Here’s a quote from the end of chapter 1 which summarizes things nicely: Books on art don’t promise to make you an artist. All they can do is give you some tools, techniques, and thought processes that other artists have used. Uncle Bob and a number of his friends start right at the beginning, Meaningful Names, and start building from there through Functions, Comments, Objects, etc. Each subject gets its own chapter which is then packed with lots of tidbit on the subject with subtopics getting slightly over a page on average. In my copy it is rare that one of these subtopics does not have at least one thing underlined.

One of the strongest parts of the the book are chapters 14 – 16 which are almost like peering over his shoulder as he refactors code. It is one thing to just read a couple paragraphs on something, but another completely to see it put in practice. The next chapter potentially tops those ones by providing a nice list of Smells and Heuristics that you could take with your into a code review or to build a coding standard for your organization.

Perhaps it is my paranoid, Hobbes-ian bent, but I fear this book might also cause just as much damage as it prevents. Too many people I fear will take what is presented as gospel since the authors are well known in the programming world and if they say it then it must be true (in all situations). Having seen a number of codebases, applying all the heuristics that are shown without the appropriate refactoring would result in a collection of source files that are anything but clean and easy to read.

  • Comments are always failures (page 54) – Well, let’s just remove all the comments and / or stop creating them. Too often the code I encounter would be made clearer with a generous helping of comments; or a major refactoring to make them unnecessary. But please don’t do one without the other.
  • Small! (page 34) – In the discussion around function length he retells a program written by Kent Beck where every function was just two, or three, or four lines long. … That’s how short your functions should be. Yes, it is the context of a specific example program, but how many people are going to see that and refactor their nine line function into three three line ones? Later in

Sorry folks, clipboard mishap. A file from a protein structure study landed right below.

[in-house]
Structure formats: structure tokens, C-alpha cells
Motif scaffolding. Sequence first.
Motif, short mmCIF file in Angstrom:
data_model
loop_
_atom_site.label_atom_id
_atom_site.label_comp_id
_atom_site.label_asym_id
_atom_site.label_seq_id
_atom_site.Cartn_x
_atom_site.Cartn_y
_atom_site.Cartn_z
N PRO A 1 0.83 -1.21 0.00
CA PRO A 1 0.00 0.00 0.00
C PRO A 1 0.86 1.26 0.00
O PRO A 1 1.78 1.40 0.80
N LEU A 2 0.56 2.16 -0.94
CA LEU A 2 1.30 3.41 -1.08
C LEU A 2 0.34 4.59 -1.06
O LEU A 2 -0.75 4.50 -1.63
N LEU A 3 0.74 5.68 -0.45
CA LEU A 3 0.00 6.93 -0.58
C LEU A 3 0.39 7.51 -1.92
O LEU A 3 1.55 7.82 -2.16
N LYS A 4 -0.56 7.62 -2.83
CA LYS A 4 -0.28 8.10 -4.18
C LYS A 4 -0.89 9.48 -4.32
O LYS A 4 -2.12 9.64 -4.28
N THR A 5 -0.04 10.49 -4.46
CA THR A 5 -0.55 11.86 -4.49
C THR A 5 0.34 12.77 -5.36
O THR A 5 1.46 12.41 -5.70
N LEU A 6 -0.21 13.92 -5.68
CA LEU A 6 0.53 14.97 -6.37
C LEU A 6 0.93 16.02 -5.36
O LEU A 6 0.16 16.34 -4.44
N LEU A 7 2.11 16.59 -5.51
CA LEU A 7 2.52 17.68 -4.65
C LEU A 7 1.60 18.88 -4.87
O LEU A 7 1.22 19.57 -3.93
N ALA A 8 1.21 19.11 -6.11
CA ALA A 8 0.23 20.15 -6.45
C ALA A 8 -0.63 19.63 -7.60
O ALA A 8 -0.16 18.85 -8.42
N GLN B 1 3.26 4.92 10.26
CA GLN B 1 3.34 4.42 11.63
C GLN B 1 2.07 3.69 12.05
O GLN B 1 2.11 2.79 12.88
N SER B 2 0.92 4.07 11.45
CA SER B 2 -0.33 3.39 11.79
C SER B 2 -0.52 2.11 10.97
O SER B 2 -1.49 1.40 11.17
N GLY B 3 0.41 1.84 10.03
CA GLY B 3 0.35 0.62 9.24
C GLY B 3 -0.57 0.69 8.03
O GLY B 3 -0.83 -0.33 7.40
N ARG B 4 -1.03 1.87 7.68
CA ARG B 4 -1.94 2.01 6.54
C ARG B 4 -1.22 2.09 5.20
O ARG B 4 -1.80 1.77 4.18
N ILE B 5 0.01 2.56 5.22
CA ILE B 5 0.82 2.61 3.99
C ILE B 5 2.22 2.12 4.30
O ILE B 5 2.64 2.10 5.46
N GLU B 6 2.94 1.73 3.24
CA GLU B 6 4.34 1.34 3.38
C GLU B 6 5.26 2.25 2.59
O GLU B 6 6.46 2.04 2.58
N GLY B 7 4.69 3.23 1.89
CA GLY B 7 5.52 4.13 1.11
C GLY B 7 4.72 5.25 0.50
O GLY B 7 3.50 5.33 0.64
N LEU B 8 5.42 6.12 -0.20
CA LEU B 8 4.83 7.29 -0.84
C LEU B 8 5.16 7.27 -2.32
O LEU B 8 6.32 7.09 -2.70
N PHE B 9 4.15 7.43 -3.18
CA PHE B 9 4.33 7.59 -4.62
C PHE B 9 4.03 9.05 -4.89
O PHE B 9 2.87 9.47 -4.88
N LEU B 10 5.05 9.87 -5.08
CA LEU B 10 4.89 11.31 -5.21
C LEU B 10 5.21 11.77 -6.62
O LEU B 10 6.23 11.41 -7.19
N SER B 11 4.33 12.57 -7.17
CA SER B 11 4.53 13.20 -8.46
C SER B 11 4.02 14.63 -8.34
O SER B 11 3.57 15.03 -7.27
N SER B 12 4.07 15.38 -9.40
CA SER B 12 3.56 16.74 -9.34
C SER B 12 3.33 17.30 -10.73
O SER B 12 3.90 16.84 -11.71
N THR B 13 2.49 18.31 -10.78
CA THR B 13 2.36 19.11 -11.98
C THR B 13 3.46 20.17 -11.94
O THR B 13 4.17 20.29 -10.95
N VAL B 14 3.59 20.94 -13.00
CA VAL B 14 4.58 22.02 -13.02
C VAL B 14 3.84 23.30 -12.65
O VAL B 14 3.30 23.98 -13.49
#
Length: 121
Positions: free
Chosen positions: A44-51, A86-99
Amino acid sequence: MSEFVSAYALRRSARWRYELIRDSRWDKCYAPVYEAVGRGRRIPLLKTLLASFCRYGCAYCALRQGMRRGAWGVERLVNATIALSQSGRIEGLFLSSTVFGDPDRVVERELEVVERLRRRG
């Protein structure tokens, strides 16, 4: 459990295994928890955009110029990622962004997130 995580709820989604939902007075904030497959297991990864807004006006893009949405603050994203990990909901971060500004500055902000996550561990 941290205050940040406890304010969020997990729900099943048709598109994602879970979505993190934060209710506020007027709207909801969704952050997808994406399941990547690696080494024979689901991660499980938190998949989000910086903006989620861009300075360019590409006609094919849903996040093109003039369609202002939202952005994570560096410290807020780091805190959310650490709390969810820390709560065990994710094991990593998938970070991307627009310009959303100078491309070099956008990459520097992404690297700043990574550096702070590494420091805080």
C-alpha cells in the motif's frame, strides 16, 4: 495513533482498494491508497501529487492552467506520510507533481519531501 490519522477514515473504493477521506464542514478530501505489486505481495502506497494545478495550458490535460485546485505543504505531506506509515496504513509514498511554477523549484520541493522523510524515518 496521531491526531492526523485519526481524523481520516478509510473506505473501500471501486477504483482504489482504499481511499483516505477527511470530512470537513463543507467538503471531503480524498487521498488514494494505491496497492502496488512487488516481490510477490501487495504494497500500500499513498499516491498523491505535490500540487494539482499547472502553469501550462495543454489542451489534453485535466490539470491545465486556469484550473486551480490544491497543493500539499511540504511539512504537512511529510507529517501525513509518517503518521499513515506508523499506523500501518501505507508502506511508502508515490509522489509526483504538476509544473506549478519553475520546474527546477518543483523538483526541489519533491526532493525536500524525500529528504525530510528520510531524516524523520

Steps were taken to say that everything shown needs to be taken in the context the reader is operating in, including undoing a refactor since it made the code less fluid. I’m not sure it was expressed explicitly enough or often enough.

My only other complaint, and it is a minor one, is the inclusion of sixty pages of source code in the appendix. This sort of thing would be ideal to host online on the book’s website. That alone might have been able to reduce the code of the book a couple dollars and reduced the paper required.

Overall, I think this is a great book which would be at home in a university level course and in the real world either creating or evaluating code. This one is definitely going onto my desk at work. You can get your team’s copy of Clean Code: A Handbook of Agile Software Craftsmanship from this link. Just remember not to forget your brain when applying the techniques to your code.

Posted on December 7, 2008 in Uncategorized by adamNo Comments »



This cartoon cracks me up, but completely captures the thought process of crawling through nasty code. To borrow heavily from that cartoon I propose a new metric: WTFAIDH / x (or What The Freak Am I Doing Here per x (where x is some period of time dependent on the situation)).

WTFAIDH / x is an indicator of the need for more learning or understanding and perhaps being a bit too far out of your league. Here are some situations where you might find yourself thinking this phrase:

  • Standing at top of a ski hill
  • Playing a sport
  • Speaking in public
  • Leading a release
  • Testing a completely unfamiliar type of product

Of course, this could also be an indicator that you have now gone beyond your safety zone and are growing as a person. 4 years ago when I started playing lacrosse I asked myself that the entire game but it occurred to me the other day that I don’t ask myself it anymore. Similarly when making long-term strategy decisions, but now I know to trust myself and the number has decreased. But wow do I still get a high number when speaking at conferences. I’m actively working on decreasing that amount though.